Anand Tharaney

Arts Research and Documentation
2013-2014

Grant Period: One year and six months

Anand Tharaney is a filmmaker and researcher who has been involved in various international documentaries and cultural projects. He has also served as the chief researcher for the book ‘Dieux et Robots’, Les theatres d’automates divins de Bombay (2008, Emmanuel Grimaud). His project ‘Gods and Robots: Research and film on the divine automaton displays of Mumbai’ has grown out of this book. Taking from the academic text, the film adapts a style that mixes documentary with fiction.

The project seeks to explore the popular subculture of automatons displayed at the Ganesha festival and the myths that inspire them. The automaton culture which started as a side show for the festival has grown to become a full fledged industry, where the makers continuously innovate through low-end inexpensive technologies to narrate not just mythological stories but also those that spring from their own social and political concerns as a community. The film, using a ‘film-within-a-film’ technique makes the automata come alive and their creators become actors in it. A documentary which is about an industry of mythologies and automatons representing the community’s voice attains a different dimension by this mix of the fictional.

Anand Tharaney is a filmmaker and researcher who has been involved in various international documentaries and cultural projects. He has also served as the chief researcher for the book ‘Dieux et Robots’, Les theatres d’automates divins de Bombay (2008, Emmanuel Grimaud). His project ‘Gods and Robots: Research and film on the divine automaton displays of Mumbai’ has grown out of this book. Taking from the academic text, the film adapts a style that mixes documentary with fiction.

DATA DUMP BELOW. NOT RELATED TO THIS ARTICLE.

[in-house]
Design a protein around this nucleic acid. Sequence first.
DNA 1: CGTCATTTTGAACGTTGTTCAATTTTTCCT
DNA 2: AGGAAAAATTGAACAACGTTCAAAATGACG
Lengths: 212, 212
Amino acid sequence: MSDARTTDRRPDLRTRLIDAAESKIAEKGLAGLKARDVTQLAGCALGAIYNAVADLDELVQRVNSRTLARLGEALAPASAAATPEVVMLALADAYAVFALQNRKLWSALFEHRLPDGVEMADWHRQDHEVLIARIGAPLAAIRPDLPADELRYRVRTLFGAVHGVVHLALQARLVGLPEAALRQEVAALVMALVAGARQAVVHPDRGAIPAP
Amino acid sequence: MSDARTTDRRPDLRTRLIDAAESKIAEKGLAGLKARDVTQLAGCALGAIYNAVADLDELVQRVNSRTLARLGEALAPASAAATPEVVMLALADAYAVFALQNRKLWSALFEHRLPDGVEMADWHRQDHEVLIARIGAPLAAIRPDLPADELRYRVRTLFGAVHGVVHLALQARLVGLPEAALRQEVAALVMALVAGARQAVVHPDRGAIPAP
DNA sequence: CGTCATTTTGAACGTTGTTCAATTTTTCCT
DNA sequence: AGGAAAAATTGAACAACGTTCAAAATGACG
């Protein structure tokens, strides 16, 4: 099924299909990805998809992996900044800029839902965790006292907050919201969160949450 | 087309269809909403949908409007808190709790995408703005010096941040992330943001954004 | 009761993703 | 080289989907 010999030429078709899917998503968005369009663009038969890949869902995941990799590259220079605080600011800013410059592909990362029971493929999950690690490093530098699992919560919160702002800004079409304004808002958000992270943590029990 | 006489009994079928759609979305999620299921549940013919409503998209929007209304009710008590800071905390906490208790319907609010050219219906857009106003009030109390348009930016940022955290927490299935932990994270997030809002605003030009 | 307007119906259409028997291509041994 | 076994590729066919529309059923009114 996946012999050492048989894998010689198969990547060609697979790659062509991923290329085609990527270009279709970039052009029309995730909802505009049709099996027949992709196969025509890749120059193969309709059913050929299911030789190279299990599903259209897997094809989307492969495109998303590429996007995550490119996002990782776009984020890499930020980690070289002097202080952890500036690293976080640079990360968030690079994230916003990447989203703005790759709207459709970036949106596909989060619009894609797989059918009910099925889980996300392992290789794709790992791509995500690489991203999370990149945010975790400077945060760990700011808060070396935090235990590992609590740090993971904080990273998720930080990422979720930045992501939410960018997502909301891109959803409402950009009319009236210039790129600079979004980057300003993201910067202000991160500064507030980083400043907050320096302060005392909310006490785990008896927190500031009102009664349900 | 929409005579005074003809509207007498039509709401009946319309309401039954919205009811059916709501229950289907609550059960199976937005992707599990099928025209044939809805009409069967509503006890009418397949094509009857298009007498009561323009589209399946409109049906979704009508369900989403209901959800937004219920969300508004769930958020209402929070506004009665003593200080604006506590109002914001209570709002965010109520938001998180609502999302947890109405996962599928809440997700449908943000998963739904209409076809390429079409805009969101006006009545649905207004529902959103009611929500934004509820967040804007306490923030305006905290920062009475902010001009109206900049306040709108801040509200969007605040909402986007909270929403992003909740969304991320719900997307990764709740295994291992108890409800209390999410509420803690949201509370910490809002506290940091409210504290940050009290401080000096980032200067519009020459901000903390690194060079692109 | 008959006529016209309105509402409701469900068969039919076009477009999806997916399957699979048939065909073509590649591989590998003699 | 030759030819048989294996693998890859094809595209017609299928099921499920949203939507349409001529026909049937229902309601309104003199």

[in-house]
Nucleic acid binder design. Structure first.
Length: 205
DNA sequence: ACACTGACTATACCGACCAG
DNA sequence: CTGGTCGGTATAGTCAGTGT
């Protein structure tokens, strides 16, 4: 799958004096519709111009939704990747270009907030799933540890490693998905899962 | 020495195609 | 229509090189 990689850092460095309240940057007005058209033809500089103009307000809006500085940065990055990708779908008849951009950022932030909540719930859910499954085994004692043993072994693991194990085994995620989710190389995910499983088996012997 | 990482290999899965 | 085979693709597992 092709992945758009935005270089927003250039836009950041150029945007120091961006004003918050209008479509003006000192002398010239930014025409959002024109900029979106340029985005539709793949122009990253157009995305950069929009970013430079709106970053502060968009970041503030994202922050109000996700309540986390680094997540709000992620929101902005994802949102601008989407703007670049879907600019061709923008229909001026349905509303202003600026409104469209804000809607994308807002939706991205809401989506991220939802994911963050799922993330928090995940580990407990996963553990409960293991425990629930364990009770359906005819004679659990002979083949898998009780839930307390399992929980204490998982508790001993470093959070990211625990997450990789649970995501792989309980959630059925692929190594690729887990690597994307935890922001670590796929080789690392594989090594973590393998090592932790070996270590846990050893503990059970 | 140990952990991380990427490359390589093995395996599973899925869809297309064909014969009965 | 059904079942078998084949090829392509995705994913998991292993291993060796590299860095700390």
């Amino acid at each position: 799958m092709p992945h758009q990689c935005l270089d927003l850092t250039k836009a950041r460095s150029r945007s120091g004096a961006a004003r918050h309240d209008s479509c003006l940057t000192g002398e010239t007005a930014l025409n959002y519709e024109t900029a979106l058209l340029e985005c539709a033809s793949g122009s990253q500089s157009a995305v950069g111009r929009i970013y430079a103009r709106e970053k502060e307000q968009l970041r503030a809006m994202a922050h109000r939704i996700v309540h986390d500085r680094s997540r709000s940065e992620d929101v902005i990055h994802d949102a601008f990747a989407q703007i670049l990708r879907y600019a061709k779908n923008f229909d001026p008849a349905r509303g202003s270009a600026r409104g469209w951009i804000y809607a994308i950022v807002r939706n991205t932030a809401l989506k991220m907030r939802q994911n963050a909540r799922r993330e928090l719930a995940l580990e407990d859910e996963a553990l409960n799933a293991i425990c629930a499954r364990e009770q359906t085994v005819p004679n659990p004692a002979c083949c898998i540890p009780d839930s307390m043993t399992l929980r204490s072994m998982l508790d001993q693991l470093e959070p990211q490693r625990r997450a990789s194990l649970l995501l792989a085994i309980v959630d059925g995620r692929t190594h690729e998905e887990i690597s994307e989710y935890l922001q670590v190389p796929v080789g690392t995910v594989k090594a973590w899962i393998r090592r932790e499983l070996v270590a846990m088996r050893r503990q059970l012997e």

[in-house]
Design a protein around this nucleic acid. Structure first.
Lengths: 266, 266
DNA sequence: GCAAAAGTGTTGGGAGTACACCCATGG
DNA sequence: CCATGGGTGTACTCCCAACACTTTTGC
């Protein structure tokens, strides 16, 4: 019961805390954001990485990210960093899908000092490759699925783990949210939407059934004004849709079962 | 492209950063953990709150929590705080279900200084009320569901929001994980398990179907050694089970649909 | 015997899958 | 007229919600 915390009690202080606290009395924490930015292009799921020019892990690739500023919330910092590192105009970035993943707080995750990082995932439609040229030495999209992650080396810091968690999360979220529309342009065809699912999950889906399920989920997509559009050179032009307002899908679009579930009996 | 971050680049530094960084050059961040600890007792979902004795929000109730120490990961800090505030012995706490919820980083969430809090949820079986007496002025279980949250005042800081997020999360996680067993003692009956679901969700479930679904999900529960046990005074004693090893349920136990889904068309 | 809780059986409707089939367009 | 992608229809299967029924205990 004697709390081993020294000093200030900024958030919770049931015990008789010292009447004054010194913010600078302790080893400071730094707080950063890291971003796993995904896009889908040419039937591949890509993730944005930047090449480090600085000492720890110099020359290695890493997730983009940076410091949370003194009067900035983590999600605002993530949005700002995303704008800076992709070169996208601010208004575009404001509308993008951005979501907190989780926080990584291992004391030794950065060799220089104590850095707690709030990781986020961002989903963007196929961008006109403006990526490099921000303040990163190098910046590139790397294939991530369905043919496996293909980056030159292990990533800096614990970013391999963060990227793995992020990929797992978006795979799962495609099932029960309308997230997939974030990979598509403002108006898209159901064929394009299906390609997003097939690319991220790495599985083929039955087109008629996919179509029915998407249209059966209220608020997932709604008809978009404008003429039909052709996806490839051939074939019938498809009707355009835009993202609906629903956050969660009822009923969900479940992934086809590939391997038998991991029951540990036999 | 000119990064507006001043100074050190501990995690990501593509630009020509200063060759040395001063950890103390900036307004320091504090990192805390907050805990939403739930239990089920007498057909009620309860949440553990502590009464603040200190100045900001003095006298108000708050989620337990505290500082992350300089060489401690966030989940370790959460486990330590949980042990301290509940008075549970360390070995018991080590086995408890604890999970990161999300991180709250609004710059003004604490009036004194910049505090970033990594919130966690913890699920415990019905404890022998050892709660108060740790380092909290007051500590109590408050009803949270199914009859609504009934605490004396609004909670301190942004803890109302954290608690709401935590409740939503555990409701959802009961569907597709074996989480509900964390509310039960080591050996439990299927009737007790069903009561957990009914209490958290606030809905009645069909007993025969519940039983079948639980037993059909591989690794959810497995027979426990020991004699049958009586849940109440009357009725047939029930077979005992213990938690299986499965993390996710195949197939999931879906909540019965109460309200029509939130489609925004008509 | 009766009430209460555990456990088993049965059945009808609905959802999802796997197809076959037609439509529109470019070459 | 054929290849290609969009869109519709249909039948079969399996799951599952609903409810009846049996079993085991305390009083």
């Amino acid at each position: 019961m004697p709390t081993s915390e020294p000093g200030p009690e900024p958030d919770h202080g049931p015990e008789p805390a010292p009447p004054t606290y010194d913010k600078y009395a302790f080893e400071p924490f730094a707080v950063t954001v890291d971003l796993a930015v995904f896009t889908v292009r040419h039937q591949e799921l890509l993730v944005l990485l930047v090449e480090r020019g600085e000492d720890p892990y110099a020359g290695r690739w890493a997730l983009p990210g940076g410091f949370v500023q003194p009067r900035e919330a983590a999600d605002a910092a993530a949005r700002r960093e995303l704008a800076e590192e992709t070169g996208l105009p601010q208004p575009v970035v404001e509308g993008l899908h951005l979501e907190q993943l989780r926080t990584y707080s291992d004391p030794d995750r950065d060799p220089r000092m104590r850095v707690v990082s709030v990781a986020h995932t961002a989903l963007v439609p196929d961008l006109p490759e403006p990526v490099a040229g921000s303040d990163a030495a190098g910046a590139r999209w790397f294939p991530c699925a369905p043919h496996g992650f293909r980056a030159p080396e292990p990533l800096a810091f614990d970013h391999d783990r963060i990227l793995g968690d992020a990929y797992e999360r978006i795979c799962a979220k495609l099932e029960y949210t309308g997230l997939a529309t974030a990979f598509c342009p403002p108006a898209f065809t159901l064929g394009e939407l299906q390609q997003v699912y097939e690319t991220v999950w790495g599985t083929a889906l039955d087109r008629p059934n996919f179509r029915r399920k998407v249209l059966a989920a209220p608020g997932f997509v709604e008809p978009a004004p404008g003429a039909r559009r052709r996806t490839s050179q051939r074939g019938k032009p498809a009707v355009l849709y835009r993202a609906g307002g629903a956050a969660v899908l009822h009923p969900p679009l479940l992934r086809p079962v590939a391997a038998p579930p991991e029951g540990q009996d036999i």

The project seeks to explore the popular subculture of automatons displayed at the Ganesha festival and the myths that inspire them. The automaton culture which started as a side show for the festival has grown to become a full fledged industry, where the makers continuously innovate through low-end inexpensive technologies to narrate not just mythological stories but also those that spring from their own social and political concerns as a community. The film, using a ‘film-within-a-film’ technique makes the automata come alive and their creators become actors in it. A documentary which is about an industry of mythologies and automatons representing the community’s voice attains a different dimension by this mix of the fictional.

Anand’s engagement with the city through his earlier research for the book on the automata provides him the perfect grounding to work on this subject. His work as a filmmaker enables him to lend a creative vision to this otherwise academic research. It is a rare work in the ever growing field of cultural studies. He uses the Hindu mythology of the Matsya Avatar from the Puranas to introduce fiction in his documentary. In the film this role is assumed by the author Emmanuel, whom the people from the automaton industry fondly call Manu. During the narrative the automata escapes the religious display and is spotted throughout the city. Analogous to the story, the fish headed automaton grows bigger and bigger as the author follows him to encounter people from the automaton industry. The growing of the automaton is a comment on the growing size of the industry. The film is divided into three parts - the religious display, the sighting of the automata, and, the author following the automata.

Anand also proposes to do an installation where live automatons, images from the book, and video from the film, will allow the audience a more interactive experience over an extended period of time. The project that provides an insight into a subculture that coexists with today’s high-tech, gadget-laden urban cultures, is an equally popular phenomenon, but is in sharp contrast to it.

 

This grant was made possible with support from the Bajaj Group.